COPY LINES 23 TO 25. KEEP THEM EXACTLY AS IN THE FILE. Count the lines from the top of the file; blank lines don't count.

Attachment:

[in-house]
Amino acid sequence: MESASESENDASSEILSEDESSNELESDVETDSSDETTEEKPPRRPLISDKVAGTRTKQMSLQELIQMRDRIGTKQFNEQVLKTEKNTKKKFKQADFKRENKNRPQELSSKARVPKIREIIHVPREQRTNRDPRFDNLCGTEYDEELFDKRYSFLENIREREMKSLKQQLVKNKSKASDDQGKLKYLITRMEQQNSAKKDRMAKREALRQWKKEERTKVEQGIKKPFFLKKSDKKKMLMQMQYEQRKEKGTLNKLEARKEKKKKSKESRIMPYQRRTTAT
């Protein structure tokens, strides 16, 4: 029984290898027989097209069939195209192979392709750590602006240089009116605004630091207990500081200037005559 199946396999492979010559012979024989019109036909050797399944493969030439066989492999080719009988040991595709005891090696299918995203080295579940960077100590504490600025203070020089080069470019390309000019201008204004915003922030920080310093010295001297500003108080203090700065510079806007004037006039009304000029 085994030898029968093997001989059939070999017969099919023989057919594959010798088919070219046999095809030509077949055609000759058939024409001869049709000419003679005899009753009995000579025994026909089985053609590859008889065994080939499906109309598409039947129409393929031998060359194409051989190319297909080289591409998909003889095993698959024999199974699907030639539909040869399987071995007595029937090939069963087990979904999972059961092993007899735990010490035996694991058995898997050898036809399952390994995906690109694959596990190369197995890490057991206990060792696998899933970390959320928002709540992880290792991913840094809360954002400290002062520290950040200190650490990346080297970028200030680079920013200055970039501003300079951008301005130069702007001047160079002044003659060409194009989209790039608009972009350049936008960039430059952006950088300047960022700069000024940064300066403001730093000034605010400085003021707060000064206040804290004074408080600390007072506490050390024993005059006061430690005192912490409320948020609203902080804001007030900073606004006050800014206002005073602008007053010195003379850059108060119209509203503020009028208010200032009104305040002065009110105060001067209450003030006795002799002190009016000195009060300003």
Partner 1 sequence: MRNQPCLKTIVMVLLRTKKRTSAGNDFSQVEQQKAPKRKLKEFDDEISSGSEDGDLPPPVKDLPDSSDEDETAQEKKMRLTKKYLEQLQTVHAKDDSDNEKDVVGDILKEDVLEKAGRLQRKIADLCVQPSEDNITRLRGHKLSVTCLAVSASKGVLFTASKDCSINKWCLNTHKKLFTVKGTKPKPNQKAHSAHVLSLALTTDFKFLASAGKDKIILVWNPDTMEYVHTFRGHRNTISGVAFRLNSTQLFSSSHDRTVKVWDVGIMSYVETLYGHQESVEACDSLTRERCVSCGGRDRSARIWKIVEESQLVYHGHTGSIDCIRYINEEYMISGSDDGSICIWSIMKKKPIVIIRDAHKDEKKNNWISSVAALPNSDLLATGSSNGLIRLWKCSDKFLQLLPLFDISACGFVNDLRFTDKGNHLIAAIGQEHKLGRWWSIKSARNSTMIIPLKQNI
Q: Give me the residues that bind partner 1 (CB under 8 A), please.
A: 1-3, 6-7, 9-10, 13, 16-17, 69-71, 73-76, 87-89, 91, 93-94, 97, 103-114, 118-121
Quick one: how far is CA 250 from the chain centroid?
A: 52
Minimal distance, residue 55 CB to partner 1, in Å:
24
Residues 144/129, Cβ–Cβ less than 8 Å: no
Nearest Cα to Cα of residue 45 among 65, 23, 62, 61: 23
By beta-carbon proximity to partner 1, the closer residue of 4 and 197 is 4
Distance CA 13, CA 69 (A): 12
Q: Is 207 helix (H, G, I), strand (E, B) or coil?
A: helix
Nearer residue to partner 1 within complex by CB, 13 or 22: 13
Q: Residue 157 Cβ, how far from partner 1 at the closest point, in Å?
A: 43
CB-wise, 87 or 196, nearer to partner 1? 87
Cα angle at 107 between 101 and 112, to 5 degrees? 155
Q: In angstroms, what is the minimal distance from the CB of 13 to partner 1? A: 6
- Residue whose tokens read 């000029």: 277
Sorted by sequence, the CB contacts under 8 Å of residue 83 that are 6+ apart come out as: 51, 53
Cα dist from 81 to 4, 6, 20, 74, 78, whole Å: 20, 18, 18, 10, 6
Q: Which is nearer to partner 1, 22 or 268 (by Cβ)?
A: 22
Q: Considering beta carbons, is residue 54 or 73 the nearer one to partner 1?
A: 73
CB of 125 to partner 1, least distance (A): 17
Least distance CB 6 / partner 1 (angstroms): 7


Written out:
- Residue whose tokens read 């000029």: 277
Sorted by sequence, the CB contacts under 8 Å of residue 83 that are 6+ apart come out as: 51, 53
Cα dist from 81 to 4, 6, 20, 74, 78, whole Å: 20, 18, 18, 10, 6